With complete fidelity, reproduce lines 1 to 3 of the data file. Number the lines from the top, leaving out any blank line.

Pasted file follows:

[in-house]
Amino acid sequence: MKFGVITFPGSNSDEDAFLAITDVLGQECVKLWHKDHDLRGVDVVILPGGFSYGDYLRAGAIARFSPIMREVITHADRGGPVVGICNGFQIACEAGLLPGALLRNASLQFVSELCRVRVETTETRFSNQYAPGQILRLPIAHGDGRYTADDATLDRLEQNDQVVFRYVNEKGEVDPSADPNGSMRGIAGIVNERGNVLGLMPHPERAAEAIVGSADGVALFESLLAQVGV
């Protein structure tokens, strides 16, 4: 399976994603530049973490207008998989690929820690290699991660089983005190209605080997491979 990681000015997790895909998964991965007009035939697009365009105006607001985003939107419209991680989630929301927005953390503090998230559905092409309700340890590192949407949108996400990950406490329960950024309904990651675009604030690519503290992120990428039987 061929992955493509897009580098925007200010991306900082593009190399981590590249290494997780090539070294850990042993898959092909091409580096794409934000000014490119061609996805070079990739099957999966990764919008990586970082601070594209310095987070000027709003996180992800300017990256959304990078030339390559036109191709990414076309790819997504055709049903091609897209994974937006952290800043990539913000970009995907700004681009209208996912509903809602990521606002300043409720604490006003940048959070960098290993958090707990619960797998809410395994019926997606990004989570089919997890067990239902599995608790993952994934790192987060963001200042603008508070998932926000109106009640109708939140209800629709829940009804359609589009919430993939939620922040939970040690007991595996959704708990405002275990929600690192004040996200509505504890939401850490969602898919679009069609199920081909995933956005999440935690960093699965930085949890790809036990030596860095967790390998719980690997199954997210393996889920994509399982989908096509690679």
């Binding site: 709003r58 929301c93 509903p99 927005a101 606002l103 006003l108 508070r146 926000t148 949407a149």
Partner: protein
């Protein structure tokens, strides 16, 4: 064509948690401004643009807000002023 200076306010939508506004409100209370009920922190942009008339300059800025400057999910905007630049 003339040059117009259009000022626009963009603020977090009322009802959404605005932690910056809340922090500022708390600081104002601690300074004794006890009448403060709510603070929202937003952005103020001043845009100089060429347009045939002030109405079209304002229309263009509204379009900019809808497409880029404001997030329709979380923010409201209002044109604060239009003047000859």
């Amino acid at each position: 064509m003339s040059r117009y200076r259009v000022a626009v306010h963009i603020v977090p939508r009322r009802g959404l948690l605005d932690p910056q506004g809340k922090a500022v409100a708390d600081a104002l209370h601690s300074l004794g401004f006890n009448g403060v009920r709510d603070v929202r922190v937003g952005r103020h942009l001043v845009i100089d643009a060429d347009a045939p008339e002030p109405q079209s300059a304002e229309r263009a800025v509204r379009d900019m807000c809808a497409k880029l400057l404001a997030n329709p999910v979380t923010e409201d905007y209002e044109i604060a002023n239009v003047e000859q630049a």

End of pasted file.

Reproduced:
[in-house]
Amino acid sequence: MKFGVITFPGSNSDEDAFLAITDVLGQECVKLWHKDHDLRGVDVVILPGGFSYGDYLRAGAIARFSPIMREVITHADRGGPVVGICNGFQIACEAGLLPGALLRNASLQFVSELCRVRVETTETRFSNQYAPGQILRLPIAHGDGRYTADDATLDRLEQNDQVVFRYVNEKGEVDPSADPNGSMRGIAGIVNERGNVLGLMPHPERAAEAIVGSADGVALFESLLAQVGV
């Protein structure tokens, strides 16, 4: 399976994603530049973490207008998989690929820690290699991660089983005190209605080997491979 990681000015997790895909998964991965007009035939697009365009105006607001985003939107419209991680989630929301927005953390503090998230559905092409309700340890590192949407949108996400990950406490329960950024309904990651675009604030690519503290992120990428039987 061929992955493509897009580098925007200010991306900082593009190399981590590249290494997780090539070294850990042993898959092909091409580096794409934000000014490119061609996805070079990739099957999966990764919008990586970082601070594209310095987070000027709003996180992800300017990256959304990078030339390559036109191709990414076309790819997504055709049903091609897209994974937006952290800043990539913000970009995907700004681009209208996912509903809602990521606002300043409720604490006003940048959070960098290993958090707990619960797998809410395994019926997606990004989570089919997890067990239902599995608790993952994934790192987060963001200042603008508070998932926000109106009640109708939140209800629709829940009804359609589009919430993939939620922040939970040690007991595996959704708990405002275990929600690192004040996200509505504890939401850490969602898919679009069609199920081909995933956005999440935690960093699965930085949890790809036990030596860095967790390998719980690997199954997210393996889920994509399982989908096509690679």